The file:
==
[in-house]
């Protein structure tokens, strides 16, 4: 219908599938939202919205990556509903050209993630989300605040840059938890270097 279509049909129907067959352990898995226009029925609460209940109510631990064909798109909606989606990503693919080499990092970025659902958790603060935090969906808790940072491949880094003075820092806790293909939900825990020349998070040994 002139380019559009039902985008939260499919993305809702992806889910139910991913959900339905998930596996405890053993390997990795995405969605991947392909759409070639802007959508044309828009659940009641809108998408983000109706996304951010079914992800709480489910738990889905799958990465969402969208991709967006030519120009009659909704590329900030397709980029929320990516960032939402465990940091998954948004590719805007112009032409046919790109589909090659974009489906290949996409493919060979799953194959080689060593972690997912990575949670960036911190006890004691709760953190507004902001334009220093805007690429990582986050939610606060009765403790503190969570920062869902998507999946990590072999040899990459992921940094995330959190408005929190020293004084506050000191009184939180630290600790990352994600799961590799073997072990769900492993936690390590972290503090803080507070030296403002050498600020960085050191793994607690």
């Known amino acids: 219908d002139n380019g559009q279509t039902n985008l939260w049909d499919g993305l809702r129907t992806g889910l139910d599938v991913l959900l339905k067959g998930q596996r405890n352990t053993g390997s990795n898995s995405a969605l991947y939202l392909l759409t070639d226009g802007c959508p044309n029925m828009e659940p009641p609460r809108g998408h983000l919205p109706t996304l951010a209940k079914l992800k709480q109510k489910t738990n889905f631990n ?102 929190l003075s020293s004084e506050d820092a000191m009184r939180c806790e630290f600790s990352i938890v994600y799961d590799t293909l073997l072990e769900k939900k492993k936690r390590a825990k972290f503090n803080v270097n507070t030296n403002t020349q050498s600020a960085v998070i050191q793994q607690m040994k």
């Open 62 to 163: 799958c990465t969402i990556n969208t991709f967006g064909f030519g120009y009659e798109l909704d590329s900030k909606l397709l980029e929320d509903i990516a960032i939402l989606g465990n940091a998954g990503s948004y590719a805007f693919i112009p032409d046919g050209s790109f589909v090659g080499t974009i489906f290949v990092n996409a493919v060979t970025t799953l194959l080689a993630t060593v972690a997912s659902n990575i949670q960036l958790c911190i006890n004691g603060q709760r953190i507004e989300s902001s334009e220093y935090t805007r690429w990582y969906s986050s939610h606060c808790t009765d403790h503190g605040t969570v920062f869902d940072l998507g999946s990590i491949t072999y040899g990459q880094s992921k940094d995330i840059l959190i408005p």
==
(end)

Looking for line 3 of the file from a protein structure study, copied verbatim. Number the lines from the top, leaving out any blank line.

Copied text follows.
């Known amino acids: 219908d002139n380019g559009q279509t039902n985008l939260w049909d499919g993305l809702r129907t992806g889910l139910d599938v991913l959900l339905k067959g998930q596996r405890n352990t053993g390997s990795n898995s995405a969605l991947y939202l392909l759409t070639d226009g802007c959508p044309n029925m828009e659940p009641p609460r809108g998408h983000l919205p109706t996304l951010a209940k079914l992800k709480q109510k489910t738990n889905f631990n ?102 929190l003075s020293s004084e506050d820092a000191m009184r939180c806790e630290f600790s990352i938890v994600y799961d590799t293909l073997l072990e769900k939900k492993k936690r390590a825990k972290f503090n803080v270097n507070t030296n403002t020349q050498s600020a960085v998070i050191q793994q607690m040994k």